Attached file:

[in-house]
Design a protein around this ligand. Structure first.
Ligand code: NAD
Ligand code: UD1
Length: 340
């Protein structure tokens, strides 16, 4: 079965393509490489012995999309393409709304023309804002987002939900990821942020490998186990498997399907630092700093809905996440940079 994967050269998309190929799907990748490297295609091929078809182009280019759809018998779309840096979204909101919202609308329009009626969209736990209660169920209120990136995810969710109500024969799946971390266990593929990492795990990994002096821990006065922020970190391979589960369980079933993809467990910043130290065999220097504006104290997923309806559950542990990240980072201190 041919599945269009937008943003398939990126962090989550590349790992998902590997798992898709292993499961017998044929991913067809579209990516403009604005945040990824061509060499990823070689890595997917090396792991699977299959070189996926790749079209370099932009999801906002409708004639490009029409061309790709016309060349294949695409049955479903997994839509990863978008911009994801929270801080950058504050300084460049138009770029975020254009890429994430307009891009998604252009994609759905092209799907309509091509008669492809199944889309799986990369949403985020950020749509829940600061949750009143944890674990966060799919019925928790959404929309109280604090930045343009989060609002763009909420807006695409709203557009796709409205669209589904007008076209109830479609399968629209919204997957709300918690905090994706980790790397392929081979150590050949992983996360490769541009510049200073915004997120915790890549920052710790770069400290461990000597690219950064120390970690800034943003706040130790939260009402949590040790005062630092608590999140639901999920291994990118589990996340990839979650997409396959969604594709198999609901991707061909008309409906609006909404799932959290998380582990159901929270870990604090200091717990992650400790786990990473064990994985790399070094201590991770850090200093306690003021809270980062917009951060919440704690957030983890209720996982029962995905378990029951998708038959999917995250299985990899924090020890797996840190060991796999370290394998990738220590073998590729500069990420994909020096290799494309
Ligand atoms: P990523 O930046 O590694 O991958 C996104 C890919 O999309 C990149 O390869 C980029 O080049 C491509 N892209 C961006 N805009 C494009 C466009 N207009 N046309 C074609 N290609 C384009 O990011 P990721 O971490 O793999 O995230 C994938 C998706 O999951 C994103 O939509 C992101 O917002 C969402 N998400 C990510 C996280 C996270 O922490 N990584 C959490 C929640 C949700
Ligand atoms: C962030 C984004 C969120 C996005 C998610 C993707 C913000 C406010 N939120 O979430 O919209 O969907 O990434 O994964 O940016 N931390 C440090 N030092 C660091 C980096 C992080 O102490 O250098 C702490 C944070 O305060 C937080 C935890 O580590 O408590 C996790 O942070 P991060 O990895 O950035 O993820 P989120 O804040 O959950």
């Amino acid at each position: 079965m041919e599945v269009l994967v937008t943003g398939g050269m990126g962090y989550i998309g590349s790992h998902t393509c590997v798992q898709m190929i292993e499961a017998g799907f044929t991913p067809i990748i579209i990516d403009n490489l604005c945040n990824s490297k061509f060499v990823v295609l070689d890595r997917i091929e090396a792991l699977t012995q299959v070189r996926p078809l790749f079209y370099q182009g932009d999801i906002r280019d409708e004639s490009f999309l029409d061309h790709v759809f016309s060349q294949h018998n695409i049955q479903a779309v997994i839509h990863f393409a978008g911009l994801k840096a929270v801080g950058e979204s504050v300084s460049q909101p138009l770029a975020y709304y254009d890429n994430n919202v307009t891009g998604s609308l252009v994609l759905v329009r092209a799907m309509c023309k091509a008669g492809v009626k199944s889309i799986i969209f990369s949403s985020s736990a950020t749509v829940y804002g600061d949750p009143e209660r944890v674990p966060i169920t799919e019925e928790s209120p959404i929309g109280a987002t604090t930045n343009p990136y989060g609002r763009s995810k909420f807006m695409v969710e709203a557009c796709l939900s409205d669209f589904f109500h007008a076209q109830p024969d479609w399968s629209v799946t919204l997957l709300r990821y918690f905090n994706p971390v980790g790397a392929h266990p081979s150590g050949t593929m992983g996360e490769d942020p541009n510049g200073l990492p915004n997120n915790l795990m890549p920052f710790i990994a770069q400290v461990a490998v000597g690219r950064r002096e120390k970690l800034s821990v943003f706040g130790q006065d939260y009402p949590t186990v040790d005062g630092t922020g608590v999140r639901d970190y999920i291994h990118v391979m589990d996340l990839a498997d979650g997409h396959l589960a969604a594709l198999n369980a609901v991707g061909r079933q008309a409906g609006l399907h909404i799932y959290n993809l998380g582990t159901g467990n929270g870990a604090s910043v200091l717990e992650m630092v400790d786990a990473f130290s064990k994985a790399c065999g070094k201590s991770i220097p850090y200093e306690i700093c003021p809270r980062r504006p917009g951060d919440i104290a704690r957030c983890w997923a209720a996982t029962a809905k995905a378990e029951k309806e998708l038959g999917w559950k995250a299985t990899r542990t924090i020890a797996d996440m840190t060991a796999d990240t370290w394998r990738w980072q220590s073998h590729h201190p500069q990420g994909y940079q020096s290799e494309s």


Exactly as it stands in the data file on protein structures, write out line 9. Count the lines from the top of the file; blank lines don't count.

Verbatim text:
């Amino acid at each position: 079965m041919e599945v269009l994967v937008t943003g398939g050269m990126g962090y989550i998309g590349s790992h998902t393509c590997v798992q898709m190929i292993e499961a017998g799907f044929t991913p067809i990748i579209i990516d403009n490489l604005c945040n990824s490297k061509f060499v990823v295609l070689d890595r997917i091929e090396a792991l699977t012995q299959v070189r996926p078809l790749f079209y370099q182009g932009d999801i906002r280019d409708e004639s490009f999309l029409d061309h790709v759809f016309s060349q294949h018998n695409i049955q479903a779309v997994i839509h990863f393409a978008g911009l994801k840096a929270v801080g950058e979204s504050v300084s460049q909101p138009l770029a975020y709304y254009d890429n994430n919202v307009t891009g998604s609308l252009v994609l759905v329009r092209a799907m309509c023309k091509a008669g492809v009626k199944s889309i799986i969209f990369s949403s985020s736990a950020t749509v829940y804002g600061d949750p009143e209660r944890v674990p966060i169920t799919e019925e928790s209120p959404i929309g109280a987002t604090t930045n343009p990136y989060g609002r763009s995810k909420f807006m695409v969710e709203a557009c796709l939900s409205d669209f589904f109500h007008a076209q109830p024969d479609w399968s629209v799946t919204l997957l709300r990821y918690f905090n994706p971390v980790g790397a392929h266990p081979s150590g050949t593929m992983g996360e490769d942020p541009n510049g200073l990492p915004n997120n915790l795990m890549p920052f710790i990994a770069q400290v461990a490998v000597g690219r950064r002096e120390k970690l800034s821990v943003f706040g130790q006065d939260y009402p949590t186990v040790d005062g630092t922020g608590v999140r639901d970190y999920i291994h990118v391979m589990d996340l990839a498997d979650g997409h396959l589960a969604a594709l198999n369980a609901v991707g061909r079933q008309a409906g609006l399907h909404i799932y959290n993809l998380g582990t159901g467990n929270g870990a604090s910043v200091l717990e992650m630092v400790d786990a990473f130290s064990k994985a790399c065999g070094k201590s991770i220097p850090y200093e306690i700093c003021p809270r980062r504006p917009g951060d919440i104290a704690r957030c983890w997923a209720a996982t029962a809905k995905a378990e029951k309806e998708l038959g999917w559950k995250a299985t990899r542990t924090i020890a797996d996440m840190t060991a796999d990240t370290w394998r990738w980072q220590s073998h590729h201190p500069q990420g994909y940079q020096s290799e494309s």